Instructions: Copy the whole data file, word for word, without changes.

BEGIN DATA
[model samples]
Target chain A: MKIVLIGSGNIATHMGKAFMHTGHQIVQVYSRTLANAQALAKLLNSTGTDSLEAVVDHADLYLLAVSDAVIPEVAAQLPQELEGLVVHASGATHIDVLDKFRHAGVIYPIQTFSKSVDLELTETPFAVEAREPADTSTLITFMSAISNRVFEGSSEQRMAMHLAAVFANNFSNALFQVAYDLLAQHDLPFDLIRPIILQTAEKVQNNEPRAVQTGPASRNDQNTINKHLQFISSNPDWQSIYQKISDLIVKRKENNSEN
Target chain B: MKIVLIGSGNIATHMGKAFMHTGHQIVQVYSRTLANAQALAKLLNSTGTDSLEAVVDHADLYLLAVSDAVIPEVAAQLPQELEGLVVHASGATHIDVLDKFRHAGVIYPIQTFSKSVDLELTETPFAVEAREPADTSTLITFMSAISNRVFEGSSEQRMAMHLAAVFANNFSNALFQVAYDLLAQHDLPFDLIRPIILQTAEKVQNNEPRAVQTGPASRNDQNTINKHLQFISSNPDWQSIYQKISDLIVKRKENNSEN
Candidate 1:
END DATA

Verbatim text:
[model samples]
Target chain A: MKIVLIGSGNIATHMGKAFMHTGHQIVQVYSRTLANAQALAKLLNSTGTDSLEAVVDHADLYLLAVSDAVIPEVAAQLPQELEGLVVHASGATHIDVLDKFRHAGVIYPIQTFSKSVDLELTETPFAVEAREPADTSTLITFMSAISNRVFEGSSEQRMAMHLAAVFANNFSNALFQVAYDLLAQHDLPFDLIRPIILQTAEKVQNNEPRAVQTGPASRNDQNTINKHLQFISSNPDWQSIYQKISDLIVKRKENNSEN
Target chain B: MKIVLIGSGNIATHMGKAFMHTGHQIVQVYSRTLANAQALAKLLNSTGTDSLEAVVDHADLYLLAVSDAVIPEVAAQLPQELEGLVVHASGATHIDVLDKFRHAGVIYPIQTFSKSVDLELTETPFAVEAREPADTSTLITFMSAISNRVFEGSSEQRMAMHLAAVFANNFSNALFQVAYDLLAQHDLPFDLIRPIILQTAEKVQNNEPRAVQTGPASRNDQNTINKHLQFISSNPDWQSIYQKISDLIVKRKENNSEN
Candidate 1: